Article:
LOUISVILLE, Ky. – Whether it was nifty moves near the basket or a jumper that fell right all night, Perry Ellis was determined to do whatever he could to push top-seeded Kansas a little bit deeper in the NCAA Tournament.
And thanks to teammates who followed the senior forward’s cool lead, the Jayhawks are one step closer to the Final Four.
Ellis scored 27 points to match a season high, Wayne Selden Jr. added 19 and Kansas topped No. 5-seed Maryland for a 79-63 South Region semifinal victory Thursday night. The win put the Jayhawks back into the Elite 8 for the first time since 2012, when they went on to reach the NCAA championship game before losing to Kentucky.
It took time for the Jayhawks (33-4) to get going. Once they finally seized the lead late in the first half everything else fell into place for their 17th straight victory. They emerged from the break by making their first six shots and steadily took control behind Ellis, who made 10 of 17 from the field.
“They just tell me to be more aggressive, and that’s what I try to do,” said Ellis, who also scored 27 against Oklahoma on Jan. 4.
Selden was right there with 7-of-16 shooting to help Kansas earn a berth in Saturday’s regional final against Villanova.
The Terrapins (27-9) dictated the early tempo and briefly engaged in a back-and-forth game with the Jayhawks before eventually falling behind the tournament favorite. Rasheed Sulaimon led Maryland with 18 points.
Landen Lucas added 14 points and 11 rebounds while Frank Mason III had 11 points for Kansas, which outworked Maryland 43-28 on the glass and outscored the taller Terps 40-28 in the paint.
Better shooting also helped the Jayhawks, who made 14 of 25 in the second half and finished 29 of 62 from the field (47 percent).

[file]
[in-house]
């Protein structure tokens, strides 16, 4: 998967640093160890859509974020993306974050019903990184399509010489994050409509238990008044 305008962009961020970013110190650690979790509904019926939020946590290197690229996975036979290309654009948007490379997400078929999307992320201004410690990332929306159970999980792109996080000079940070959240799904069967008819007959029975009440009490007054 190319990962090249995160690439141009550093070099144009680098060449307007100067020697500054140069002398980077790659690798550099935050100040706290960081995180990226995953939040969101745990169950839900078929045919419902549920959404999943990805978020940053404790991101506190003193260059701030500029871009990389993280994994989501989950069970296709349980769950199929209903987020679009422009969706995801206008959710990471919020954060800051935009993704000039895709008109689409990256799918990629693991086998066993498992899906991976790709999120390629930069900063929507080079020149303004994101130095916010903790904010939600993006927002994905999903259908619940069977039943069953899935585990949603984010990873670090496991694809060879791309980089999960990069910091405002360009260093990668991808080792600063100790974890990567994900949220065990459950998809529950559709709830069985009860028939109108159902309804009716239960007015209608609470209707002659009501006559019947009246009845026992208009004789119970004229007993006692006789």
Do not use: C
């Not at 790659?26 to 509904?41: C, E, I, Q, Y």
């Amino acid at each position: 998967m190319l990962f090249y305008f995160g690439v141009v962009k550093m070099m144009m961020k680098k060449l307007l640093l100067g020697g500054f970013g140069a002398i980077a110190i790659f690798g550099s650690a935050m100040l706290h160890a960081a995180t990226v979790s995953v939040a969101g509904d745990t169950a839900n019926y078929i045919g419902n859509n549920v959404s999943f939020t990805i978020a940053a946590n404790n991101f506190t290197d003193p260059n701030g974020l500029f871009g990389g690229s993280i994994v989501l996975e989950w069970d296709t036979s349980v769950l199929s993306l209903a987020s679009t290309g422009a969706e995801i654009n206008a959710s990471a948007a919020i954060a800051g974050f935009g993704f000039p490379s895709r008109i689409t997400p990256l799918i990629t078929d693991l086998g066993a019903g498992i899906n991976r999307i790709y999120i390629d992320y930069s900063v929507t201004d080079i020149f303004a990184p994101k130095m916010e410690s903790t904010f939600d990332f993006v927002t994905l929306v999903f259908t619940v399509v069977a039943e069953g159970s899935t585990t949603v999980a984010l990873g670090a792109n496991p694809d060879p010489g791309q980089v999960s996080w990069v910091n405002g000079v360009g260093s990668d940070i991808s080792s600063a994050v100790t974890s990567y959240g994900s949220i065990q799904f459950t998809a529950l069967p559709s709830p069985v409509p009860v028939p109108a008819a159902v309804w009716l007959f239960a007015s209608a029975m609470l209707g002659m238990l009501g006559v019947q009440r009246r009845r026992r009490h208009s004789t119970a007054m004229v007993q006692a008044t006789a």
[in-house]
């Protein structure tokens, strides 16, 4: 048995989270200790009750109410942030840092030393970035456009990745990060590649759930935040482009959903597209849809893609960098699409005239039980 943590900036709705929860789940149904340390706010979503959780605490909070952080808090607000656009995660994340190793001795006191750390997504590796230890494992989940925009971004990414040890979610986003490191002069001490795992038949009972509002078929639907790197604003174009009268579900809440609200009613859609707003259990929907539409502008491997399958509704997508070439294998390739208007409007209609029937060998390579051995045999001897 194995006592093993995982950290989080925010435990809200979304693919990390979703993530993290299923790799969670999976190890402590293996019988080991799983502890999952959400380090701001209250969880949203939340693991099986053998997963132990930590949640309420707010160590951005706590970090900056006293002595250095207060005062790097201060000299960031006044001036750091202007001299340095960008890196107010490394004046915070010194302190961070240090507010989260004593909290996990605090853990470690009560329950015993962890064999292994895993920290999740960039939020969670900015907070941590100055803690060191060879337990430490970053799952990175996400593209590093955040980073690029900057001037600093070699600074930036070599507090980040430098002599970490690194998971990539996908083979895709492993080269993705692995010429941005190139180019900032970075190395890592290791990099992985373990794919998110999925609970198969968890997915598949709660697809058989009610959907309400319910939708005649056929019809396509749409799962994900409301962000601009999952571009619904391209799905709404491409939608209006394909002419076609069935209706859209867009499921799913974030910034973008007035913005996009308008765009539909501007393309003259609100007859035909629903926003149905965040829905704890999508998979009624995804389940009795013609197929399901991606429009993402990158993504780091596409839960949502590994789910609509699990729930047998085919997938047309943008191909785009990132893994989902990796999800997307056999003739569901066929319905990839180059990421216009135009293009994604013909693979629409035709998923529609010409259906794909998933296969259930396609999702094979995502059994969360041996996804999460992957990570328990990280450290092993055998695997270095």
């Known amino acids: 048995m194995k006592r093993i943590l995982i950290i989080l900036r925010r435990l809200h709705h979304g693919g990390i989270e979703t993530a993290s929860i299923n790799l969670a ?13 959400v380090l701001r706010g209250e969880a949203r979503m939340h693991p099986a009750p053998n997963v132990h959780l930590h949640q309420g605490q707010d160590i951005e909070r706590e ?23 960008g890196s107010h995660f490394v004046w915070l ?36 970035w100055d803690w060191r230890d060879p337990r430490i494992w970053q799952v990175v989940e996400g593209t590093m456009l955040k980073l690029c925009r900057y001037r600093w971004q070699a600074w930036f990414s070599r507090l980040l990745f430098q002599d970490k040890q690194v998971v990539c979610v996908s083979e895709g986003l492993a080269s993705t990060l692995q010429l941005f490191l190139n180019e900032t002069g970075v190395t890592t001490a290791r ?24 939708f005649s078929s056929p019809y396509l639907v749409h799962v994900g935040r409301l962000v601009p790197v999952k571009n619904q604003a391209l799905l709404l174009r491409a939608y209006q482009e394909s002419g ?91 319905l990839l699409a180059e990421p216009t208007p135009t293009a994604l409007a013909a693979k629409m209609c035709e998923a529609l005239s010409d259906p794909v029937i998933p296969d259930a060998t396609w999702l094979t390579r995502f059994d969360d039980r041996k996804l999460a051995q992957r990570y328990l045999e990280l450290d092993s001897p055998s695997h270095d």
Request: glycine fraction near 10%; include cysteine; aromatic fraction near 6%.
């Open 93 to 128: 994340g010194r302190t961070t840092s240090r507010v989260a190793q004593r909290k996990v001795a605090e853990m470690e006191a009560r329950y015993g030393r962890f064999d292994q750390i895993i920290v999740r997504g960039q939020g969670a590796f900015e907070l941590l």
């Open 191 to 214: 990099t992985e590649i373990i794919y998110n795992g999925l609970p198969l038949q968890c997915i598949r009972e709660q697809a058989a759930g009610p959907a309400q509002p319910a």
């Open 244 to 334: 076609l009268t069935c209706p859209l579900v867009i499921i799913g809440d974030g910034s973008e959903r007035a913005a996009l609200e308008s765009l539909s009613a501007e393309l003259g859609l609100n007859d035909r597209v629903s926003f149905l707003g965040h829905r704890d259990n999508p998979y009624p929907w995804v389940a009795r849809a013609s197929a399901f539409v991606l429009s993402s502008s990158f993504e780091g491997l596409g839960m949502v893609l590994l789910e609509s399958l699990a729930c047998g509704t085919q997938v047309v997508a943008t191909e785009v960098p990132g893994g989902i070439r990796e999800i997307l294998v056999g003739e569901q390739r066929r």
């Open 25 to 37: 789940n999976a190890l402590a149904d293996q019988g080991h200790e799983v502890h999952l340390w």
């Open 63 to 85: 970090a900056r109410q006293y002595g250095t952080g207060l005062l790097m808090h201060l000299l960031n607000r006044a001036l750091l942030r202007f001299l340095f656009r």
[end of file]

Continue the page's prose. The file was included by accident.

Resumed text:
Kansas just had to take its time to slow down Maryland, which entered the game with every starter averaging at least 11 points per game. Its main focus was keeping Maryland guard Melo Trimble (17 points) from getting hot, a strategy that worked as the sophomore made just 5 of 16 from the field with one 3-pointer.
The Kansas defense kept other Maryland players from becoming factors on both ends as well and ended up holding the Terps to just 40 percent shooting including 35 percent after halftime. In fact, Kansas was so effective that Maryland made just 8 of 23 shots in the final 20 minutes.
“I thought we played just superb,” Kansas coach Bill Self said. “I thought (in) the second half, we defended, we rebounded.”
Maryland coach Mark Turgeon agreed and said, “they were just great on defense. We’re a good offensive team, we’re hard to guard, and they really locked in on us.”
Maryland dictated the early tempo before Kansas regrouped late in the first half to grab a 36-34 lead at the break.
Sulaimon got the Terps started with the first of two 3-pointers in the first 10 minutes to provide an 18-12 lead, significant considering they made just 1 of 18 from long range in their second-round win over Hawaii.
Kansas went 5 1/2 minutes without a field goal but didn’t flinch and eventually fought back to take its first lead at 27-26 on two Devonte’ Graham free throws with 5:33 remaining in the half. The teams then traded 6-2 runs with the Jayhawks making the last one for a slim edge, better than they could have expected after shooting 41 percent.
Ellis provided the steadying force with 12 points and added a couple more baskets during a 14-9 run for a 50-43 lead, a stretch in which the Jayhawks made their first six shots to start the second half.
Kansas was playing the way it wanted by that point and kept up the tempo in building a 16-point lead with four minutes left.
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